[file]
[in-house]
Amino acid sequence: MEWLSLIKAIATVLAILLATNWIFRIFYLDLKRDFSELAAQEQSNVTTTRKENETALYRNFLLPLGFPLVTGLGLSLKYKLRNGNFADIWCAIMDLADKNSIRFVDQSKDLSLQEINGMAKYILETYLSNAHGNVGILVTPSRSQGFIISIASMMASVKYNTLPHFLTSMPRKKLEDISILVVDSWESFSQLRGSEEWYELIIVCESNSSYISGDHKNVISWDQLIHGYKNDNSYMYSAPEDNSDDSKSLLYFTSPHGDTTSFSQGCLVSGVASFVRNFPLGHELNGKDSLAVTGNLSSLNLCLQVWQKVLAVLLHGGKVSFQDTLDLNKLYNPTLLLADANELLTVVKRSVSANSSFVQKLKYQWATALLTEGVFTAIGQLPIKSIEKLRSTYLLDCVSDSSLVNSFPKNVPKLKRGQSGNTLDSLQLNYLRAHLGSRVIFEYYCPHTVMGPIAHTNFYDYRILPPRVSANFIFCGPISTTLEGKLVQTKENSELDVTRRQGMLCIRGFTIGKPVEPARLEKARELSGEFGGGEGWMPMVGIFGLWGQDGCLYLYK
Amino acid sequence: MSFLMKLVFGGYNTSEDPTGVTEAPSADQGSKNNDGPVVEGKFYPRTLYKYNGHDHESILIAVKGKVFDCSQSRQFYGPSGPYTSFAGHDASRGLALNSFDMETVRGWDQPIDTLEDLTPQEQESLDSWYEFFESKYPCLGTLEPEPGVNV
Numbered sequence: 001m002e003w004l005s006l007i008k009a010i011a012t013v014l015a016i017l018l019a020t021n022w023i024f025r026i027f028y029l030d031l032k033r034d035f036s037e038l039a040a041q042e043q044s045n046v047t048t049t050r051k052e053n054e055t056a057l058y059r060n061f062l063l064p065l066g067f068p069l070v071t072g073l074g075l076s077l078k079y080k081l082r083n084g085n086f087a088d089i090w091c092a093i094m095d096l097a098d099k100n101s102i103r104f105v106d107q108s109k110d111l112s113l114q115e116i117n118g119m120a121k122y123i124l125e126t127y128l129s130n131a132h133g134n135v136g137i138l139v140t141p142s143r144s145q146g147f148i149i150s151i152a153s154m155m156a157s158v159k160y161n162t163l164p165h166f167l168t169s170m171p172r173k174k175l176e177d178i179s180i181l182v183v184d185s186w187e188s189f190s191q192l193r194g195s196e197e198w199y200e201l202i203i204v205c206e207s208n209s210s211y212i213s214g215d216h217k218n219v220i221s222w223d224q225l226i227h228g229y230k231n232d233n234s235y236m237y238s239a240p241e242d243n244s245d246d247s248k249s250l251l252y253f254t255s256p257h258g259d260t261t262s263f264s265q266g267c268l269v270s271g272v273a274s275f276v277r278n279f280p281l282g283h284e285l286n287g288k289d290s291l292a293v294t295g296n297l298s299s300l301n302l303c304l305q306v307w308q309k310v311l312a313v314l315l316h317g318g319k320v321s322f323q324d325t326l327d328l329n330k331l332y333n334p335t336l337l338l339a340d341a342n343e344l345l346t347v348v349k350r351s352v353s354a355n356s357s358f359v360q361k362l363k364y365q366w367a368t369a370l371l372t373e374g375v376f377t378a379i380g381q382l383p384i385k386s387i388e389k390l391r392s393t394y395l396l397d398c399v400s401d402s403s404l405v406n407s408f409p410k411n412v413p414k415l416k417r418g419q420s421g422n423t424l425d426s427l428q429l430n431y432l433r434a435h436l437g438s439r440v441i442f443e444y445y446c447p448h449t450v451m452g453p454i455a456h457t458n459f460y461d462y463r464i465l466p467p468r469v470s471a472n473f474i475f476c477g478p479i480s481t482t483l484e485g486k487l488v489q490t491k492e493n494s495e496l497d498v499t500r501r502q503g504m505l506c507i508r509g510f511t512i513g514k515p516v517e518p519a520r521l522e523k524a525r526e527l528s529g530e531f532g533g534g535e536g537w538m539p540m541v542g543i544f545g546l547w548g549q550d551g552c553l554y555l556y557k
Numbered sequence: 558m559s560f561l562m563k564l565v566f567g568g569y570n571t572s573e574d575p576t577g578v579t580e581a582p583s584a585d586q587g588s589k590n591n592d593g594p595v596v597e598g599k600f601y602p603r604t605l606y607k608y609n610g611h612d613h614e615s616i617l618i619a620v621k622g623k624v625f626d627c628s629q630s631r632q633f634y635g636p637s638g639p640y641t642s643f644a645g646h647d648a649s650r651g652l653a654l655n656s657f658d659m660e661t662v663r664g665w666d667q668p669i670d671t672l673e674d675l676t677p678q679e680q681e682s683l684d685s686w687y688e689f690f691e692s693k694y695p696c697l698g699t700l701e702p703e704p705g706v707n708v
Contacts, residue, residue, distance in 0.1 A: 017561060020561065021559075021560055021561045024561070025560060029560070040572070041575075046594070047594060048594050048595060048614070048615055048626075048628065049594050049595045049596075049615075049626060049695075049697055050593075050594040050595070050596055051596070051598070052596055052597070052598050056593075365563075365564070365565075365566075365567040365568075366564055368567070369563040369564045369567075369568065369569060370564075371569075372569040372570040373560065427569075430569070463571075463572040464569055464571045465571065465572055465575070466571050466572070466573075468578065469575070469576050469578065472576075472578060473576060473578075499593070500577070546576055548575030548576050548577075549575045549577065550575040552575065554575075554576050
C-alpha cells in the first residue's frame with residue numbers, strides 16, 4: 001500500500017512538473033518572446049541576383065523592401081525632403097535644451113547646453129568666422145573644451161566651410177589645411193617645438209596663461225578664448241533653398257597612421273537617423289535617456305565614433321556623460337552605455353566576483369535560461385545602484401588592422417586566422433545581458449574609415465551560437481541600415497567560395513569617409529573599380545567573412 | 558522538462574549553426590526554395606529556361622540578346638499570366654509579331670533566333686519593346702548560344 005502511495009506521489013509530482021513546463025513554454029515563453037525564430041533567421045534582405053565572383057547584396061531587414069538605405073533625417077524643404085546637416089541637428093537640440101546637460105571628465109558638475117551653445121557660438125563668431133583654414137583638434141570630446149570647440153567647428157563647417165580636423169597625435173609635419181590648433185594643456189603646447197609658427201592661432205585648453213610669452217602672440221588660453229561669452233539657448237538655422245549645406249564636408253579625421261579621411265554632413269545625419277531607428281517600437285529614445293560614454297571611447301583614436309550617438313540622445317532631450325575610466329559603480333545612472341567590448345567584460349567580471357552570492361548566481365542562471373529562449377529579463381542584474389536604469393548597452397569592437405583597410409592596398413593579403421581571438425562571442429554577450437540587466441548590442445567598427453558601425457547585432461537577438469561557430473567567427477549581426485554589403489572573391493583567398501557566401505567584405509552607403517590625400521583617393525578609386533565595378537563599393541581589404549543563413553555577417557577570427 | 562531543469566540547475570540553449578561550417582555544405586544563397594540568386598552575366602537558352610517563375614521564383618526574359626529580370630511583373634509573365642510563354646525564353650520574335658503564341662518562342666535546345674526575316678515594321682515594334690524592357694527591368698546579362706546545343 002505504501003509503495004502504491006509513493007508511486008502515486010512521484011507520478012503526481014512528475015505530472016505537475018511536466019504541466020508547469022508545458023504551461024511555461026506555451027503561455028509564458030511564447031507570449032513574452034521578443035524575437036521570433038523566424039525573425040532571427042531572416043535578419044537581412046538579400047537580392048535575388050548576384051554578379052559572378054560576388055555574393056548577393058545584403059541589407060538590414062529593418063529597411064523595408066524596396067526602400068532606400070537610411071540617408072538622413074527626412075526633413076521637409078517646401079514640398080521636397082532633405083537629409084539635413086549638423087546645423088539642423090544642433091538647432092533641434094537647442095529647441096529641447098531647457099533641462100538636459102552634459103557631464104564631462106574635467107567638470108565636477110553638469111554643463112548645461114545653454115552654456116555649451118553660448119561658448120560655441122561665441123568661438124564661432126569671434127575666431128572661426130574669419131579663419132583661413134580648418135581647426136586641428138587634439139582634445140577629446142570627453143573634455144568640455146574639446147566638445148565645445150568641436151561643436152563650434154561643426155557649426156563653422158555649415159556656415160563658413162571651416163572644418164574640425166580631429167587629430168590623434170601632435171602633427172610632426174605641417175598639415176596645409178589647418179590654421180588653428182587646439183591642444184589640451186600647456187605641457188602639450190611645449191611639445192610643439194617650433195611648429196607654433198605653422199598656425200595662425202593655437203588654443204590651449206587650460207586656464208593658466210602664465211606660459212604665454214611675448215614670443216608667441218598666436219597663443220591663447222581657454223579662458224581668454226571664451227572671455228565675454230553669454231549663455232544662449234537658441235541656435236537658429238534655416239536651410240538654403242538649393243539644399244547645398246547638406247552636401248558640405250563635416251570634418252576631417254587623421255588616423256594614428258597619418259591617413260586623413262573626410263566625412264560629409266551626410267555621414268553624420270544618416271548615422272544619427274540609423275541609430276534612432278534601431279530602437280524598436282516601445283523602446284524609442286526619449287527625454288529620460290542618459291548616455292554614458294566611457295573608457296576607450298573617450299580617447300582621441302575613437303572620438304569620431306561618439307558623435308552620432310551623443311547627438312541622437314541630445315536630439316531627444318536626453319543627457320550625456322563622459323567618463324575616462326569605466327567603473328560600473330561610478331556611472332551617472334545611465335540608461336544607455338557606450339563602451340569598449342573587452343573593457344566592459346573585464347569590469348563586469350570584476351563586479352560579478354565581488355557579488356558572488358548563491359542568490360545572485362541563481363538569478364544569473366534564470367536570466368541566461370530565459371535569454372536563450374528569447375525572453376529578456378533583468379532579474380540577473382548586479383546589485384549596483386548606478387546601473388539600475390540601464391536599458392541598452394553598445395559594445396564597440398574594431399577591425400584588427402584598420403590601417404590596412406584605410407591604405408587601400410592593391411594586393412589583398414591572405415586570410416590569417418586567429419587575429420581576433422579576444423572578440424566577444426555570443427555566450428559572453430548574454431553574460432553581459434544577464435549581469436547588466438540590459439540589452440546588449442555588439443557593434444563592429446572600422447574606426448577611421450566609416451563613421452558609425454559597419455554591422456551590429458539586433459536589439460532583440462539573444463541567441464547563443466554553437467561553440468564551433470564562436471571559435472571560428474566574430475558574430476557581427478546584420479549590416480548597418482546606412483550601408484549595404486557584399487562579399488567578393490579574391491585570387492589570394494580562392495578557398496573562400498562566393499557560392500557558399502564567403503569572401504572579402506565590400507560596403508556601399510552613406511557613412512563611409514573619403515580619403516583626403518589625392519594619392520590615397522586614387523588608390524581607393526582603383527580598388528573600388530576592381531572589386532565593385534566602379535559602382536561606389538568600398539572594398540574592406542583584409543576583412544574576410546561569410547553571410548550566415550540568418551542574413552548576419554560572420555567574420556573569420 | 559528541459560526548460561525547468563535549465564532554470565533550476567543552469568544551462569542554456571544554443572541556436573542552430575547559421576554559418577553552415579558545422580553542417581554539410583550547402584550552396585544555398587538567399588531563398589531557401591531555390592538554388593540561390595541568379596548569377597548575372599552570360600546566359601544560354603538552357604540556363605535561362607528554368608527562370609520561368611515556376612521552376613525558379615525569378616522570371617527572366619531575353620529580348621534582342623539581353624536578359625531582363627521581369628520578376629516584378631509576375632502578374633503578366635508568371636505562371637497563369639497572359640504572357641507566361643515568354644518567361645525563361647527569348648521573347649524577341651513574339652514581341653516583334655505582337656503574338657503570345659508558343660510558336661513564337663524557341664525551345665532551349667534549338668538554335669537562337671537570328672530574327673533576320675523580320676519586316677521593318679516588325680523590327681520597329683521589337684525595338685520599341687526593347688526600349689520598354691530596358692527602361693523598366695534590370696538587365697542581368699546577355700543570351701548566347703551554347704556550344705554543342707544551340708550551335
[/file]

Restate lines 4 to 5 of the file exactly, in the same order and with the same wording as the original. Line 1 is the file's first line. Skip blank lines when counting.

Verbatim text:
Numbered sequence: 001m002e003w004l005s006l007i008k009a010i011a012t013v014l015a016i017l018l019a020t021n022w023i024f025r026i027f028y029l030d031l032k033r034d035f036s037e038l039a040a041q042e043q044s045n046v047t048t049t050r051k052e053n054e055t056a057l058y059r060n061f062l063l064p065l066g067f068p069l070v071t072g073l074g075l076s077l078k079y080k081l082r083n084g085n086f087a088d089i090w091c092a093i094m095d096l097a098d099k100n101s102i103r104f105v106d107q108s109k110d111l112s113l114q115e116i117n118g119m120a121k122y123i124l125e126t127y128l129s130n131a132h133g134n135v136g137i138l139v140t141p142s143r144s145q146g147f148i149i150s151i152a153s154m155m156a157s158v159k160y161n162t163l164p165h166f167l168t169s170m171p172r173k174k175l176e177d178i179s180i181l182v183v184d185s186w187e188s189f190s191q192l193r194g195s196e197e198w199y200e201l202i203i204v205c206e207s208n209s210s211y212i213s214g215d216h217k218n219v220i221s222w223d224q225l226i227h228g229y230k231n232d233n234s235y236m237y238s239a240p241e242d243n244s245d246d247s248k249s250l251l252y253f254t255s256p257h258g259d260t261t262s263f264s265q266g267c268l269v270s271g272v273a274s275f276v277r278n279f280p281l282g283h284e285l286n287g288k289d290s291l292a293v294t295g296n297l298s299s300l301n302l303c304l305q306v307w308q309k310v311l312a313v314l315l316h317g318g319k320v321s322f323q324d325t326l327d328l329n330k331l332y333n334p335t336l337l338l339a340d341a342n343e344l345l346t347v348v349k350r351s352v353s354a355n356s357s358f359v360q361k362l363k364y365q366w367a368t369a370l371l372t373e374g375v376f377t378a379i380g381q382l383p384i385k386s387i388e389k390l391r392s393t394y395l396l397d398c399v400s401d402s403s404l405v406n407s408f409p410k411n412v413p414k415l416k417r418g419q420s421g422n423t424l425d426s427l428q429l430n431y432l433r434a435h436l437g438s439r440v441i442f443e444y445y446c447p448h449t450v451m452g453p454i455a456h457t458n459f460y461d462y463r464i465l466p467p468r469v470s471a472n473f474i475f476c477g478p479i480s481t482t483l484e485g486k487l488v489q490t491k492e493n494s495e496l497d498v499t500r501r502q503g504m505l506c507i508r509g510f511t512i513g514k515p516v517e518p519a520r521l522e523k524a525r526e527l528s529g530e531f532g533g534g535e536g537w538m539p540m541v542g543i544f545g546l547w548g549q550d551g552c553l554y555l556y557k
Numbered sequence: 558m559s560f561l562m563k564l565v566f567g568g569y570n571t572s573e574d575p576t577g578v579t580e581a582p583s584a585d586q587g588s589k590n591n592d593g594p595v596v597e598g599k600f601y602p603r604t605l606y607k608y609n610g611h612d613h614e615s616i617l618i619a620v621k622g623k624v625f626d627c628s629q630s631r632q633f634y635g636p637s638g639p640y641t642s643f644a645g646h647d648a649s650r651g652l653a654l655n656s657f658d659m660e661t662v663r664g665w666d667q668p669i670d671t672l673e674d675l676t677p678q679e680q681e682s683l684d685s686w687y688e689f690f691e692s693k694y695p696c697l698g699t700l701e702p703e704p705g706v707n708v